May 28, 2020
We’re pulling for Draco, the German shepherd, who’s in training to become a K-9 law enforcement officer with the police department in Cape Carteret. There’s been some budget debate about whether the town can fund Draco as an ongoing line item.
The “Draco dilemma” was described by reporter Brad Rich in the May 24 edition of the Carteret County News-Times. Let’s hope town officials get it right.
Meanwhile, the South Lyon (Mich.) Herald reminded its readers of the cancellation of the traditional Memorial Day observance at the Michigan War Dog Memorial in South Lyon this year, due to the coronavirus pandemic.
One visit to the park-like setting, and you gain a greater appreciation for the significance of military and law enforcement working dogs and all service dogs throughout America’s history.
The 2.5-acre site at South Lyon was developed as a pet burial ground in 1936 by Dr. Steve Elkow, a new veterinarian in town. He called it the Happy Hunting Grounds Pets Cemetery.
The story connects to one of the bravest military canines from the World War II era – Sgt. Sparks.
A Doberman pinscher, Sgt. Sparks had “enlisted” with the Marine Corps in 1943 and was shipped out to serve as a scout and messenger in the Pacific Theater.
Sgt. Sparks saw battle action on Bougainville Island in New Guinea, at Guadalcanal on the Solomon Islands and at Okinawa, Japan. His final station was on Guam in 1945. Sgt. Sparks was discharged in 1946 and went home to Michigan with his handler.
The dog was one of the “dignitaries” to attend a dedication ceremony later in 1946 for the unveiling of a 16-ton granite war dog monument in the South Lyon cemetery…and the official renaming of the graveyard as the Michigan War Dog Memorial.
After Sgt. Sparks died in 1947, his master requested that the dog “be wrapped only in a blanket,” like so many of his buddies on the World War II beaches…and interred at the base of the new monument.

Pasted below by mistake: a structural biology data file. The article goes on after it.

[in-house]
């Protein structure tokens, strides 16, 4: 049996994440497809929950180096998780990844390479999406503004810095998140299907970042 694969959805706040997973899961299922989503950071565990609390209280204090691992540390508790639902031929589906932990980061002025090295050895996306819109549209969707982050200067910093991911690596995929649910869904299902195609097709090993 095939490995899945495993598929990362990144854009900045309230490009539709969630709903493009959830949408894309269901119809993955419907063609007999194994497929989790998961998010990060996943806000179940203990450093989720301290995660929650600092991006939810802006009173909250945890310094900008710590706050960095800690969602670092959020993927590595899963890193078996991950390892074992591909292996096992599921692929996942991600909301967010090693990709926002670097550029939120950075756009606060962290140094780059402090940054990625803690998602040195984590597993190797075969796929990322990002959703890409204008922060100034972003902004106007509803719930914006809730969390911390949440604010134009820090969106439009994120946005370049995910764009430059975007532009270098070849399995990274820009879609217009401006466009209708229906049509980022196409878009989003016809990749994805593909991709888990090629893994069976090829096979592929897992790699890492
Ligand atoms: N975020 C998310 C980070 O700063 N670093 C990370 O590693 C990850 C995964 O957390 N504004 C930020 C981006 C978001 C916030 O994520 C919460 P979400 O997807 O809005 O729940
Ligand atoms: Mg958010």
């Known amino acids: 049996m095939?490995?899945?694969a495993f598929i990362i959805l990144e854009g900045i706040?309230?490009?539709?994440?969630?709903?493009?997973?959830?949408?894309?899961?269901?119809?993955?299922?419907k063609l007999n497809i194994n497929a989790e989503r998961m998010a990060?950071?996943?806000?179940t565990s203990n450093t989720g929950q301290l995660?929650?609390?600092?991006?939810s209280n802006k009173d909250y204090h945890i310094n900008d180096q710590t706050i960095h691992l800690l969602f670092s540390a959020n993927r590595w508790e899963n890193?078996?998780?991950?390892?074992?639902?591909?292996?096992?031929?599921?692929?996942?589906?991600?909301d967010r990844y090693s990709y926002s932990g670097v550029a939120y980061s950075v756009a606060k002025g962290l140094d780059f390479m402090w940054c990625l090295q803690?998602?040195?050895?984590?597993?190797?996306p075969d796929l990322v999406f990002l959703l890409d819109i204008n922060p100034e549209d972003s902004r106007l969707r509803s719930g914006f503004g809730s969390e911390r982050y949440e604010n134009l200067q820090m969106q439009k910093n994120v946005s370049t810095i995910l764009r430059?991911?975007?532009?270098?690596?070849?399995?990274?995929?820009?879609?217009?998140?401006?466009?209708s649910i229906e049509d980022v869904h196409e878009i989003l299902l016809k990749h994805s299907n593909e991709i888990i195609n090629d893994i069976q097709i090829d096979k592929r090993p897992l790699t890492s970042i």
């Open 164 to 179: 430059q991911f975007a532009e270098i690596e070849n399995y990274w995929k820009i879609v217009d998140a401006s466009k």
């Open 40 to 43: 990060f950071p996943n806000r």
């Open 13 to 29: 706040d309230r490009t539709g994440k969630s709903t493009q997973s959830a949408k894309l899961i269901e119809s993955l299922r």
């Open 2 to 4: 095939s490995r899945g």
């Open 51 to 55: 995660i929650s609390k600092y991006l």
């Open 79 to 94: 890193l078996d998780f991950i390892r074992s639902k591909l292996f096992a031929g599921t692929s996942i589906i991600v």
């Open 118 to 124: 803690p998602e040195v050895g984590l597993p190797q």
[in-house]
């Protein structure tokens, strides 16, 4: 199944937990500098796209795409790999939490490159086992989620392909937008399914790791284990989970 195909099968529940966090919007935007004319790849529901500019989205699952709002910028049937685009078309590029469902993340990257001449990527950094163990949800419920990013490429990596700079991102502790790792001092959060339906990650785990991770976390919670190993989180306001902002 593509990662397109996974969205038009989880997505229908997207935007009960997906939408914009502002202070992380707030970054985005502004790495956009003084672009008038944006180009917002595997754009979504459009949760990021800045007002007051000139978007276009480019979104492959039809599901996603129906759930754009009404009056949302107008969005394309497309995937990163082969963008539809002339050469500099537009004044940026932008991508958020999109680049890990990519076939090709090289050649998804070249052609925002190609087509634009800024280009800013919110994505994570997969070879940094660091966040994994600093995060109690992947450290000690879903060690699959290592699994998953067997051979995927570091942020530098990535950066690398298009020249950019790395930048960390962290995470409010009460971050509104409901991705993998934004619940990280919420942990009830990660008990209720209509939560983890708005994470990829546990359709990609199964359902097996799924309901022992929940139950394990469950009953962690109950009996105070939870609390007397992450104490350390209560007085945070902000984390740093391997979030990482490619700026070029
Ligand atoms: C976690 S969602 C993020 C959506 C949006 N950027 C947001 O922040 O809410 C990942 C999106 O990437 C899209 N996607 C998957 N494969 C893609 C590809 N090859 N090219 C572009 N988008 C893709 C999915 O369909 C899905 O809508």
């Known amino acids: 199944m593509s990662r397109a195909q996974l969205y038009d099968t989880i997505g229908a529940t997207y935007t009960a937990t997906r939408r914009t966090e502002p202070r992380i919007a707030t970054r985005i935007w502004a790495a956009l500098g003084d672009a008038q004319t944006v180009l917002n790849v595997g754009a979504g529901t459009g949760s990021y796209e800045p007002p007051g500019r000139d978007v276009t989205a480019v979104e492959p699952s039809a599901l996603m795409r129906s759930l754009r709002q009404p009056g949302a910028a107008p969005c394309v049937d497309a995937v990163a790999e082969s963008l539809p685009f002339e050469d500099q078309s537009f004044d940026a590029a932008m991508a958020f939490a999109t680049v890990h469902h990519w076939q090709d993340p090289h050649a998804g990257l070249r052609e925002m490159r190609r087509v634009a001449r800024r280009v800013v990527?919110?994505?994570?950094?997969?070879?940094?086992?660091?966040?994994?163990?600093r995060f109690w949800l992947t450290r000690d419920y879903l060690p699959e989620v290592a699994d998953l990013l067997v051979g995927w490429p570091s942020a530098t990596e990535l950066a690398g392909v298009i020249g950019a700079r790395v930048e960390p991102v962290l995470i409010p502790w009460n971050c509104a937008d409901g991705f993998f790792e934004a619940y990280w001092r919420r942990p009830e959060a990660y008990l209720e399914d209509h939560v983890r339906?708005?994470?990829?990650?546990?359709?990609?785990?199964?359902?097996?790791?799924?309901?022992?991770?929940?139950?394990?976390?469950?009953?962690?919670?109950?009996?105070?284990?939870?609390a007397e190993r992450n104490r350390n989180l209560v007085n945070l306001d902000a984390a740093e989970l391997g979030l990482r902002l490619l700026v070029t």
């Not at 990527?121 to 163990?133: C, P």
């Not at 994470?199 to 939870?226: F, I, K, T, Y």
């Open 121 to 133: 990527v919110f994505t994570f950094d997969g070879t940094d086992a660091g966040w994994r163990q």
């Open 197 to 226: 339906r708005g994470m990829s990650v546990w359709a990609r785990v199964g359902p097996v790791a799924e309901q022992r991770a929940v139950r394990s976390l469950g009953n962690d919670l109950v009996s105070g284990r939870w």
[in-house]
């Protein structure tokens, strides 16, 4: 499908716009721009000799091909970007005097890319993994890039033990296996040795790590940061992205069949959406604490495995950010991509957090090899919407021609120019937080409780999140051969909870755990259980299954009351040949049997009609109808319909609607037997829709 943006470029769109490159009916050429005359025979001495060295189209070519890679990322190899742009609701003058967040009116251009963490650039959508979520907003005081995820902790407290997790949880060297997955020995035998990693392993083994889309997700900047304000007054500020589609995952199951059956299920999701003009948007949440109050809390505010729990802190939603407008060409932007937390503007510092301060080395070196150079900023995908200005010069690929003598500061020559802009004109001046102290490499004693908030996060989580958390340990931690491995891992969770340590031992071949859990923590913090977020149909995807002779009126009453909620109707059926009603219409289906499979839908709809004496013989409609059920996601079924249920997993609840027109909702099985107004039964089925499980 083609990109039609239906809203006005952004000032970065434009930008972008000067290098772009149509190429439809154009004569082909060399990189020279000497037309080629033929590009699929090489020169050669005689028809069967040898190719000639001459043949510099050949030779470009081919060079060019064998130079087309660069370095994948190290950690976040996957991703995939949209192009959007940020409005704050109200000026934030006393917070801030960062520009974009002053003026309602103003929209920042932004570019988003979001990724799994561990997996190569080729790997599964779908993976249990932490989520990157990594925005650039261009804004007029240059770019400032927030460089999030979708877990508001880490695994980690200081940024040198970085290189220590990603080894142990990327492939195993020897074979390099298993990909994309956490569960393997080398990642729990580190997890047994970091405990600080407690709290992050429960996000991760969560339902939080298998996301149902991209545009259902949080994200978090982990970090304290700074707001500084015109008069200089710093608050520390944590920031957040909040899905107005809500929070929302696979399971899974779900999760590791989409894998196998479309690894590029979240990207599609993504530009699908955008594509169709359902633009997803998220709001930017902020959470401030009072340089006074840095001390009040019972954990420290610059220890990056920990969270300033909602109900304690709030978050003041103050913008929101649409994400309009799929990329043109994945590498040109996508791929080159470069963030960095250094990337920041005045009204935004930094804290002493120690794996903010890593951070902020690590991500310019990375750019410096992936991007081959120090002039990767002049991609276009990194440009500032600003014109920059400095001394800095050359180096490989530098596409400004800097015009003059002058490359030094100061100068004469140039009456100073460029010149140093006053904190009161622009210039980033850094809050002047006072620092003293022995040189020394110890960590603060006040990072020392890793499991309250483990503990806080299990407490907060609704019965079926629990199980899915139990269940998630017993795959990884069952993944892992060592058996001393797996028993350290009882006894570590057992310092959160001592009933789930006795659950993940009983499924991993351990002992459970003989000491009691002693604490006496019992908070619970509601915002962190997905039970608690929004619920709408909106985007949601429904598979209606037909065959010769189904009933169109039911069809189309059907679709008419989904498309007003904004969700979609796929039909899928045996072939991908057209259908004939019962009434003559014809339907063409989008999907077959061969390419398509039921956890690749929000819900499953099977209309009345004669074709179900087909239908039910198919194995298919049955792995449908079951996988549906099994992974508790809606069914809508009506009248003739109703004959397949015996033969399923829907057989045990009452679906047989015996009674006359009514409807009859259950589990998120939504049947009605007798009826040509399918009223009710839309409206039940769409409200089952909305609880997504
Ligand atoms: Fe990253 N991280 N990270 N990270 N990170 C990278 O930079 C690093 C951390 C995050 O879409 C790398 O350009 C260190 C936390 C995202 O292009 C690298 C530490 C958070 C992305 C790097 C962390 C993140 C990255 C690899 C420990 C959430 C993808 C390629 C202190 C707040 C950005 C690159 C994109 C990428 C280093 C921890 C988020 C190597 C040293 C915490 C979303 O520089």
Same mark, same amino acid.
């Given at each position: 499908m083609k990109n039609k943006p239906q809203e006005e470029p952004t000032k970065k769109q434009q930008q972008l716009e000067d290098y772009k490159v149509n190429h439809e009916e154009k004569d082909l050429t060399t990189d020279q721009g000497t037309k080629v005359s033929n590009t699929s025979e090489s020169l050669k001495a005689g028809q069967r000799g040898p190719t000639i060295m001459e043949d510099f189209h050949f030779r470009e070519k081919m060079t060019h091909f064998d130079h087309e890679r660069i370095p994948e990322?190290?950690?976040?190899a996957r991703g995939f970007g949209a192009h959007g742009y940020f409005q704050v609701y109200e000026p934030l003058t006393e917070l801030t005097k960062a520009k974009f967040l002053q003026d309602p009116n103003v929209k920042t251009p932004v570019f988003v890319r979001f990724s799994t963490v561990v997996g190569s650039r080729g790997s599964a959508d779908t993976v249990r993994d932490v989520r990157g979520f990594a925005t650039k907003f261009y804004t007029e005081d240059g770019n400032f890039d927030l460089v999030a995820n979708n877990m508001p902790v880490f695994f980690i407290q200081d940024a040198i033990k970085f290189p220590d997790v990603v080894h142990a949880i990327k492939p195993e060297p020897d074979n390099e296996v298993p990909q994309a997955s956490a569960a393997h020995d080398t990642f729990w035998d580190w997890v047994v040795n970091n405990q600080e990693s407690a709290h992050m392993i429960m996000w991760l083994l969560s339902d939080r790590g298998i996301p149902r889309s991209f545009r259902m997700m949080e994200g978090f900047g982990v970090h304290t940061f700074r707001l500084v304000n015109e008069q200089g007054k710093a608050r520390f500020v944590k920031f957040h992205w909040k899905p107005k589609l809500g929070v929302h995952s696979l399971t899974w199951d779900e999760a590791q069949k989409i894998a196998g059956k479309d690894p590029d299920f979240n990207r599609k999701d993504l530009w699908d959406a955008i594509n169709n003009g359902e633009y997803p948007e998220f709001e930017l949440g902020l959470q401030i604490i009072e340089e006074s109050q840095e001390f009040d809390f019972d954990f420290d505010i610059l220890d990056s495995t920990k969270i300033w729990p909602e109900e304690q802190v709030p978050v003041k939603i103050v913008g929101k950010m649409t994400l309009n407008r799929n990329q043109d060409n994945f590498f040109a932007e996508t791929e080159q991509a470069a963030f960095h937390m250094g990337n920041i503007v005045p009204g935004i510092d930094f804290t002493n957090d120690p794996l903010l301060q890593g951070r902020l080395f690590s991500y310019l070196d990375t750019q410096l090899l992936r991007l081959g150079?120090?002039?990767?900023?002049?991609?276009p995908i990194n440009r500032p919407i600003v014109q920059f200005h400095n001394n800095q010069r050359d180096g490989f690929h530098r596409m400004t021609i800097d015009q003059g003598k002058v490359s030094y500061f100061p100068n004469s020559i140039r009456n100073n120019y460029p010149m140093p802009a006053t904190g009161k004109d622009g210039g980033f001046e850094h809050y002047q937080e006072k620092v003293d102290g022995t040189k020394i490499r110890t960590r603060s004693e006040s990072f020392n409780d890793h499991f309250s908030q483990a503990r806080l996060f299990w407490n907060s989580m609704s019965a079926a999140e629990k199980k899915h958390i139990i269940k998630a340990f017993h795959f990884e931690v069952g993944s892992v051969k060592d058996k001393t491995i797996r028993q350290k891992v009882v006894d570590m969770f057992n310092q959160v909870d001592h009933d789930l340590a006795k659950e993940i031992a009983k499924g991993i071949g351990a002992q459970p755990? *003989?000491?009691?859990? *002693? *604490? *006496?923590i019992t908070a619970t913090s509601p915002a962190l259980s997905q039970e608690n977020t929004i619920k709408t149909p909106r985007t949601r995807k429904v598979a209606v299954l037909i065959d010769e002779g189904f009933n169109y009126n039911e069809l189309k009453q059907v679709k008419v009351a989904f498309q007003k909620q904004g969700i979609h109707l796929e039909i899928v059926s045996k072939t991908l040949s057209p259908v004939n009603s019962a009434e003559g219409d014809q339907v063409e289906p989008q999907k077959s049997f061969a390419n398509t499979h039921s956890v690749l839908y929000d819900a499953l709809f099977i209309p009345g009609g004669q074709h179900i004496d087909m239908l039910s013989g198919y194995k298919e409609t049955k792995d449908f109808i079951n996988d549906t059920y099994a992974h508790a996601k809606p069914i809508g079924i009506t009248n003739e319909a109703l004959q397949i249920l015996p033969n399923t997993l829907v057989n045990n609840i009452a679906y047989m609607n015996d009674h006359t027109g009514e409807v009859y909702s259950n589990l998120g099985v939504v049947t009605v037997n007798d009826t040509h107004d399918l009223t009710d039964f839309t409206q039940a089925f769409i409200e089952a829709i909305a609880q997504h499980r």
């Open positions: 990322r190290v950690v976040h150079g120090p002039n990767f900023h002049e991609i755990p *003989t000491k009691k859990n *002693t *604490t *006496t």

As time marched on, the cemetery land began changing hands in the late 1970s, and the pet cemetery deteriorated from neglect.
Ownership of the land eventually transferred to Lombardo Homes, a residential development company. In 2013, CEO Tony Lombardo donated the cemetery portion of the property to a newly established nonprofit organization that agreed to take it over.
Its president, Phil Weitlauf, an Army veteran, said his group is financed entirely by private donations and no tax dollars are involved.
The board was committed to “restoring the cemetery to its former grandeur and protecting these hallowed grounds,” Weitlauf said.
The facility is now widely regarded as the “Arlington Cemetery for dogs,” said Jeff DeYoung of Muskegon, Mich., a retired Marine dog handler.
Weitlauf says: “There are about 36 war dog memorials throughout the United States, but only two memorials offer burials, one in Hartsdale, N.Y., and ours.”
Weitlauf’s organization has provided DeYoung’s dog Cena and others with a “full military honors funeral.” The established protocol is:
Bag piper, full color guard, eight German shepherds escorting the remains to the table of honor, invocation, reading of the biography, presenting a folded American flag to the handler, “Taps” by a bugler and “Amazing Grace” on the pipes.
As a finale, the German shepherds have been trained to howl on command, called a “K9 Salute to their Fallen Comrade,” for a full 30 seconds.
The military and public safety working dogs and service dogs “are our companions,” Weilauf said, “and when you bond with a dog, that dog bonds with you for life. It’s totally unconditional love.”